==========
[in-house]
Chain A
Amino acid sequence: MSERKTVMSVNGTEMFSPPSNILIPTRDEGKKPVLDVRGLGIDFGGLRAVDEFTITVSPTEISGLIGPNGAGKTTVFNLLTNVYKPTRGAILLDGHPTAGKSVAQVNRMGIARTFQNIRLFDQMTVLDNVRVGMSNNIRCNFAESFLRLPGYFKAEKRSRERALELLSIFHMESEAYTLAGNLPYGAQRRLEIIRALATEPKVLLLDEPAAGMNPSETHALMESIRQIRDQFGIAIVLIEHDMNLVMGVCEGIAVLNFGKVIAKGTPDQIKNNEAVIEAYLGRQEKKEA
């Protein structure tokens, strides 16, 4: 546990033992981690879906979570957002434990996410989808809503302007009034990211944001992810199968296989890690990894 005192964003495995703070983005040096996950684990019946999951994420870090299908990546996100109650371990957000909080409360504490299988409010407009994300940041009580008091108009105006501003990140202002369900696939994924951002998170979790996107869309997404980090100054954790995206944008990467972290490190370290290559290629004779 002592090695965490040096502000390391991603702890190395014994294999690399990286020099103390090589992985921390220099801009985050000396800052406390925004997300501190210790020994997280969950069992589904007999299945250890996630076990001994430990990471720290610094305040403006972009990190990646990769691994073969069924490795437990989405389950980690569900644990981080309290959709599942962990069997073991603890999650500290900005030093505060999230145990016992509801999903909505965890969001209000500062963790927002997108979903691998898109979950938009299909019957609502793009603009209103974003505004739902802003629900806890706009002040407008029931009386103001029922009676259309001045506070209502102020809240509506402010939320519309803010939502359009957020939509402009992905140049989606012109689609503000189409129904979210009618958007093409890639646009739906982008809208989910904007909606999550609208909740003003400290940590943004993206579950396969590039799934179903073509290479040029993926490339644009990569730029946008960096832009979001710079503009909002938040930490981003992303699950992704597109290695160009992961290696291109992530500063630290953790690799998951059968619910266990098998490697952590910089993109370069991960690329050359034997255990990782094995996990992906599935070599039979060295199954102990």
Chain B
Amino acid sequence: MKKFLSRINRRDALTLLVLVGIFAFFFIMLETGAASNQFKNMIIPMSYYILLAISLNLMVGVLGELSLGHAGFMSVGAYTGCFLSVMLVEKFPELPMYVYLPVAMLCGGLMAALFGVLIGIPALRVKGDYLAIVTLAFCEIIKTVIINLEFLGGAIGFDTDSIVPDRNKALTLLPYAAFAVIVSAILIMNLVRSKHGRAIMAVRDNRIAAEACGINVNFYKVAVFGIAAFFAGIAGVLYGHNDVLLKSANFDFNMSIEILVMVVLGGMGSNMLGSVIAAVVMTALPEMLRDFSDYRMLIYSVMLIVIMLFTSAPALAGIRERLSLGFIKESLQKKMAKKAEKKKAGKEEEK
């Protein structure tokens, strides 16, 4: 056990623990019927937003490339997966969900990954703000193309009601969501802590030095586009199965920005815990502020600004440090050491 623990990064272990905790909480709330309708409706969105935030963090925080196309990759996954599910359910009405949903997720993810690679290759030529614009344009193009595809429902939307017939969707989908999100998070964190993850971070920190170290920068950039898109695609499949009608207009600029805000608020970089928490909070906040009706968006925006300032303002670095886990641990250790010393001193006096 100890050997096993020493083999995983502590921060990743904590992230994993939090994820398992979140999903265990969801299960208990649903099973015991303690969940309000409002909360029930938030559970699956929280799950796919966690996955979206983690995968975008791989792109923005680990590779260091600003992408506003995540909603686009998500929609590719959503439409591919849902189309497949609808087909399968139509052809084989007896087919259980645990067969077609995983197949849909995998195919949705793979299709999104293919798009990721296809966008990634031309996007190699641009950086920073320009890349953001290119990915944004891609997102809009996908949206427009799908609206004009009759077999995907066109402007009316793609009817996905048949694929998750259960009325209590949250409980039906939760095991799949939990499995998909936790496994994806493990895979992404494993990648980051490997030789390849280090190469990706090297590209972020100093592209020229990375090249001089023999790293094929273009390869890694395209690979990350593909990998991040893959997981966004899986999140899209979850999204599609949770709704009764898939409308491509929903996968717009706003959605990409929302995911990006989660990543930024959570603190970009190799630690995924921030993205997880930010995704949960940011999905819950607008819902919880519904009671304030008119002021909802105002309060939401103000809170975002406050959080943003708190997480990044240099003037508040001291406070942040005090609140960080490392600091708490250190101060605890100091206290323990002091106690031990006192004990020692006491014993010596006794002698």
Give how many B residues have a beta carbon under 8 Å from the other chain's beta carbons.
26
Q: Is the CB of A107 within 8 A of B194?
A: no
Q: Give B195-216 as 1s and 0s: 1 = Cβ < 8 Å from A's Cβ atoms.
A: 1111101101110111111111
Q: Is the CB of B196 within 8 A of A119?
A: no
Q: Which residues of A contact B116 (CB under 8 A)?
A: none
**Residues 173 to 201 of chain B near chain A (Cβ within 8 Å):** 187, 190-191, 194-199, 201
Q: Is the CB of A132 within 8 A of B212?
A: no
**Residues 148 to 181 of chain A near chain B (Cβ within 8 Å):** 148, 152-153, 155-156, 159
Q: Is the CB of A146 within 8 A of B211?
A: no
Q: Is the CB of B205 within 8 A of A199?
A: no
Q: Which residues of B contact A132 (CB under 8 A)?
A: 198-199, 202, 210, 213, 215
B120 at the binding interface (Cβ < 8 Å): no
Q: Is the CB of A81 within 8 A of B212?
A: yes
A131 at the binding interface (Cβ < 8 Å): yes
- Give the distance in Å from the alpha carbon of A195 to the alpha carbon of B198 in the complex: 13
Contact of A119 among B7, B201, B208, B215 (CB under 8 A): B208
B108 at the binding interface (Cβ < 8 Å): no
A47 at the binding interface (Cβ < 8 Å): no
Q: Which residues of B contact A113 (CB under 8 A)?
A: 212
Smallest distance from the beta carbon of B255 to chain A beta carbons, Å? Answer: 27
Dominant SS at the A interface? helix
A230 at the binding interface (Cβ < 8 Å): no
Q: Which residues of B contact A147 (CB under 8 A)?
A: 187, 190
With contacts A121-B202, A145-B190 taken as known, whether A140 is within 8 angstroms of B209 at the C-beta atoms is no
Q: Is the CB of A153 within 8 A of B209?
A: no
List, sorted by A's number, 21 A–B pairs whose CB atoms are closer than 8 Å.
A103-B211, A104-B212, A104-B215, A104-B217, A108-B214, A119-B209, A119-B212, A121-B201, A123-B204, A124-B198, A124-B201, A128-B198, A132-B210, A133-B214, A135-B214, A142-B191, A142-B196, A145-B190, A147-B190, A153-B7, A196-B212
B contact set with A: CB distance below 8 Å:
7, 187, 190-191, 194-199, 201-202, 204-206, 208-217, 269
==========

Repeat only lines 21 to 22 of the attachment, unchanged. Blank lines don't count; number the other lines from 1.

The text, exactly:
**Residues 148 to 181 of chain A near chain B (Cβ within 8 Å):** 148, 152-153, 155-156, 159
Q: Is the CB of A146 within 8 A of B211?